Similarly to last year, the sea ice edge and open water are visible from the cliffs next to Cape Royds. The Adelie penguin pairs are looking plump, and are busy keeping their eggs warm, and taking turns to head out on fishing expeditions. Meanwhile the humans are waddling industriously about like giant orange and black penguins, returning artefacts to the hut…..

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Flag raising ceremony

Posted by Cricket and Diana Oct 20, 2010

Posted by Diana

 

Date: October 20, 2010
Temperature: -22 degrees C
Wind Speed: 5 knots
Temp with wind chill: -26degrees C
Sunrise: 3:24 am
Sunset 12:07 am

 

The conservators with the Antarctic Heritage Trust come to Scott Base at Winfly (early August) and stay until almost the end of “Mainbody” ( the summer work term) when the “Winter over” conservators come in. This means that the AHT conservators get to know two seasons of Scott Base employees.
We recently took part in the Flag raising ceremony which is held to celebrate the work of the outgoing 2009/10 team by the incoming 2010/11 team. It is in commemoration of the first flag raising ceremony held at Scott Base.

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Winter flag © AHT/Diana

 

In 1957 a short but impressive ceremony took place, attended by Sir Edmond Hillary, Captain Harold Ruegg, Administrator of the Ross Dependency, Captain Kirkwood from the Endeavour, Admiral Dufek (US Navy), Captain Weiss from the USNS, Pte. John R. Towle, the press and workers associated with the establishment of Scott Base. The youngest member of the party, 20 year old Able Seaman Ramon Tito RNZN, hoisted the first flag. The flag pole used was an historic one recovered from Hut Point where it had been placed by R.F. Scott in 1902-04.

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Joel attaching the flag  © AHT/Diana

 

Our 2010 ceremony had 20 year old Joel lower the flag which flew all winter and raise the new flag. The top of the flag pole is still the original from Scott’s era.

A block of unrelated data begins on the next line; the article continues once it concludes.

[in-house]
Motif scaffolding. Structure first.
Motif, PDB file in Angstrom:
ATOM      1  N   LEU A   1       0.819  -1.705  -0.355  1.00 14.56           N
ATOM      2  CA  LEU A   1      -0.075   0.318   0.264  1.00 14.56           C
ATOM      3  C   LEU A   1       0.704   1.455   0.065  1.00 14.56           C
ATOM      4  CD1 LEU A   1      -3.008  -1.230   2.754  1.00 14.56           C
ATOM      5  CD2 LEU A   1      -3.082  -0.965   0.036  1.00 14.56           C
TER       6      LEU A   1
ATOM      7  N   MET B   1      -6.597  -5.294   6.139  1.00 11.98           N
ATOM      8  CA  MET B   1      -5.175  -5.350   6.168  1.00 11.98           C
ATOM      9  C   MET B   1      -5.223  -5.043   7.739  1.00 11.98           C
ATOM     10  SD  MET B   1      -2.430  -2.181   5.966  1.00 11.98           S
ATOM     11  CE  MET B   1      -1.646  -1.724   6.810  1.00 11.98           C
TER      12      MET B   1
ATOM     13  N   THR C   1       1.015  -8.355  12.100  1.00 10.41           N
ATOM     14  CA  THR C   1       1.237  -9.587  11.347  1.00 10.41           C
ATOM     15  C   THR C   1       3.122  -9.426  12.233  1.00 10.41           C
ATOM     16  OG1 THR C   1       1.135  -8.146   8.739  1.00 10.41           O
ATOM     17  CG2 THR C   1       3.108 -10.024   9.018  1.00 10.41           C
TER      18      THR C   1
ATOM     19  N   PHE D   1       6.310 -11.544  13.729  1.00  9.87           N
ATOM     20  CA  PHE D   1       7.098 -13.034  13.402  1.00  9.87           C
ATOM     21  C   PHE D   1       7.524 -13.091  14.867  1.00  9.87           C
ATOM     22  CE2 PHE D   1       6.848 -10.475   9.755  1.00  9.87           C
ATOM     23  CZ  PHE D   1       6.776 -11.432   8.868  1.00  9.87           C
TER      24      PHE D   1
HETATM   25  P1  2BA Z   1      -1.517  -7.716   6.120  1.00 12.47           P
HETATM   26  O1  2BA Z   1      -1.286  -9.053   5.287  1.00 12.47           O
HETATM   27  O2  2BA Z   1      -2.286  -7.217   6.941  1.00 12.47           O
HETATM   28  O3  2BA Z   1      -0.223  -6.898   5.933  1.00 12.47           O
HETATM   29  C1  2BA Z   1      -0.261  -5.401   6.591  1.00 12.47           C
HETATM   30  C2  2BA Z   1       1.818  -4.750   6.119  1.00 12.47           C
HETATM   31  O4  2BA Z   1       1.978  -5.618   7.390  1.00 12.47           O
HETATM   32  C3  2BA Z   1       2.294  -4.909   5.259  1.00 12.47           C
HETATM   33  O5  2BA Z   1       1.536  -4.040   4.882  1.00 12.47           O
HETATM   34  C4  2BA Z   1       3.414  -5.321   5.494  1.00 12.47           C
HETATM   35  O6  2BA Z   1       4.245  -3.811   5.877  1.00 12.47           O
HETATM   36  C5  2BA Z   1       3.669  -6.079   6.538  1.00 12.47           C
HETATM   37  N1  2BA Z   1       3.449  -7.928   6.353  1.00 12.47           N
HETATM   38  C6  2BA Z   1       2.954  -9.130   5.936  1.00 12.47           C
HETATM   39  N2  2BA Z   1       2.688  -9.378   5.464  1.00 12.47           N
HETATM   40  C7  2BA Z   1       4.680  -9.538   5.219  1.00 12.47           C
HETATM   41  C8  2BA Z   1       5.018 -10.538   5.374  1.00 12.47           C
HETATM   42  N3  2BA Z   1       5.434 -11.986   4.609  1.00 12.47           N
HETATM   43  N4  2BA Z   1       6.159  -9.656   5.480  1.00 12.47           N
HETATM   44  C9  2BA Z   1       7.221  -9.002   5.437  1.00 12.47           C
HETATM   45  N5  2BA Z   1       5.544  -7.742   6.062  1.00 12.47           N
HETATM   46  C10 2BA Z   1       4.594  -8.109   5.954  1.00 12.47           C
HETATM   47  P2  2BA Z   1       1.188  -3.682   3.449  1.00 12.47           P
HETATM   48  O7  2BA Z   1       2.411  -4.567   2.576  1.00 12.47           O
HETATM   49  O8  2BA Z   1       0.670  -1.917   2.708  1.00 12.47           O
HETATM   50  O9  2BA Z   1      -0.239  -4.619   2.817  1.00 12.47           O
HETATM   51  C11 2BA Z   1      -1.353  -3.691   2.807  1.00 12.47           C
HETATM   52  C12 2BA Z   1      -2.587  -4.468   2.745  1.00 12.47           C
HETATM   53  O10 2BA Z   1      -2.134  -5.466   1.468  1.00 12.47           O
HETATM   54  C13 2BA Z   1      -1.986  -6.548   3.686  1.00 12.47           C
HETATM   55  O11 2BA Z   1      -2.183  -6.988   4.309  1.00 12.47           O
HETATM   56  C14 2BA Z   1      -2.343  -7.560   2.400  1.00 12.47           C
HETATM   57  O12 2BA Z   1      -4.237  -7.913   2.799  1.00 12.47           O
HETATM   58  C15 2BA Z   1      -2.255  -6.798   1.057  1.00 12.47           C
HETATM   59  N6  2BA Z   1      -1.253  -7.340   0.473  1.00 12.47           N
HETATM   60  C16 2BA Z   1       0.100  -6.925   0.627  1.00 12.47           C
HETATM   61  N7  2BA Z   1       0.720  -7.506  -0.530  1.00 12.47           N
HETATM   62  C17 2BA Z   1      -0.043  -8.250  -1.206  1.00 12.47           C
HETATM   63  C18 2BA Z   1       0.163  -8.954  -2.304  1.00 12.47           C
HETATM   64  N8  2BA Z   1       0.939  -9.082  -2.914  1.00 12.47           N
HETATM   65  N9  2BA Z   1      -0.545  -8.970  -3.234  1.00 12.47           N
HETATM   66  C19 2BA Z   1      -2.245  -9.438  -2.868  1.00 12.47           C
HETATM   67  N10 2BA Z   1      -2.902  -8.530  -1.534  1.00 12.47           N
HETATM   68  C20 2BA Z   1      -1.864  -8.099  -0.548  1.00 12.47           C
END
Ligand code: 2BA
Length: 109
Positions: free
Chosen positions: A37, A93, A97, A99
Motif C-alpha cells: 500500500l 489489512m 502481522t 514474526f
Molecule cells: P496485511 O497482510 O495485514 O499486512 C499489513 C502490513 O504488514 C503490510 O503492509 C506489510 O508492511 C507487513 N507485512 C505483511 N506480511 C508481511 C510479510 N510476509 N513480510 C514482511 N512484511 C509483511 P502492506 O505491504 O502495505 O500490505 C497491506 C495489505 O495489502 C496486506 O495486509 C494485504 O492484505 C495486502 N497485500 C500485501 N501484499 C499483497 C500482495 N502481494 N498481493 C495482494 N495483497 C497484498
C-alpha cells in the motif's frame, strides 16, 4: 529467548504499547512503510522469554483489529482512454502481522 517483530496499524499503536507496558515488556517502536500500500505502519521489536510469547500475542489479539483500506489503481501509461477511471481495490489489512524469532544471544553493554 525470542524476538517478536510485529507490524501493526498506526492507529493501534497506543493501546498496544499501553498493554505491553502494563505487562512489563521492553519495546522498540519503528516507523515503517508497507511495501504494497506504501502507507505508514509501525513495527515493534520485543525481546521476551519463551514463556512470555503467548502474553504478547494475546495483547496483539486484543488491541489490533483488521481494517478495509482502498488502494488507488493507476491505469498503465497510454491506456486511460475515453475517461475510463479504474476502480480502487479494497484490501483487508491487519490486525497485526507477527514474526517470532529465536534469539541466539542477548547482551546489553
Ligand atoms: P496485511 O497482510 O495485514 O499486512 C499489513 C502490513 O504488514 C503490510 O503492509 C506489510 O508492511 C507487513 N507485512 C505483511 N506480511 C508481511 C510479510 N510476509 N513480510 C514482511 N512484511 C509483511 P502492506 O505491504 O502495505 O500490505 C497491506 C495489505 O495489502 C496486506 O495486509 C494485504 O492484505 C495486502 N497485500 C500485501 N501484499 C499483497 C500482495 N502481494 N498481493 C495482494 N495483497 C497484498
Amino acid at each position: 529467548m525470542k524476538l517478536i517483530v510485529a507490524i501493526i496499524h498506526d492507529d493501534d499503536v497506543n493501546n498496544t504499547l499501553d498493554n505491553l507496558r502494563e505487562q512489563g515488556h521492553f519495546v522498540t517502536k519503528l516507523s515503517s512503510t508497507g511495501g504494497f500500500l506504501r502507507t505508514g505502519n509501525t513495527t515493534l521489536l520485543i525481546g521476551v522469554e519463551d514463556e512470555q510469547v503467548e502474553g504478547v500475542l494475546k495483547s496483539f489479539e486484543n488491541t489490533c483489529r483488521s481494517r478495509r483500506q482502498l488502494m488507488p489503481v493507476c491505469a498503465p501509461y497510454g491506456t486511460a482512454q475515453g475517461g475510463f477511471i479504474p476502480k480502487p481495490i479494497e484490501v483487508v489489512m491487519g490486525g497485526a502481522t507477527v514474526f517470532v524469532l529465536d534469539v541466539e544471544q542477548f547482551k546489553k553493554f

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New flag up © AHT/Diana

 

The ceremony had a turning of the page feel about it with the excitement of the new crew at being in Antarctica and for the departing crew the prospect of seeing their families again after 13 months on the ice.
 

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Posted by Cricket

 

Date: 6 October 2010
Temperature: -15C
Wind Speed: 40 knots
Temp with wind chill:
Sunrise: 5:30am
Sunset 9:50pm

 

Sundays are our day off at New Zealand’s Scott Base, and, when the weather permits, these are the best days to set off on longer hikes.  There are a series of marked trails throughout the southern tip of Ross Island, one being a hike up to Observation Hill that Diana featured in previous blog, and another is called the Cape Armitage Loop.  Last Sunday, a friend and I walked the 8k trail that took us out in front of Scott Base, along a flagged route over the sea ice to the U.S. McMurdo Base.  It is an open and flat route that affords views of the distant Trans-Antarctic mountain range, and White and Black Islands, and follows along the back side of Observation Hill.

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Trail System on the Southern Tip of Ross Island © AHT/Cricket


The trail is named after Albert Borlase Armitage, who joined R.F. Scott’s 1901-1904 Discovery expedition from the merchant service and served as Scott’s navigator and second-in-command.  Among other accomplishments, Armitage successfully led the Western Journey, becoming the first to ascend the Ferrar Glacier and reach the summit of Antarctica.  This was quite a feat considering that his party consisted of seaman who had little cold weather and no climbing experience.  One author said that before this journey, the highest any man from that party had ever climbed was up the mast of a ship.  Though likely an exaggeration, it serves as a helpful reminder that most of Scott’s men had never before experienced anything like the Antarctic terrain and climate.

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View of McMurdo from Cape Armitage Loop © AHT/Cricket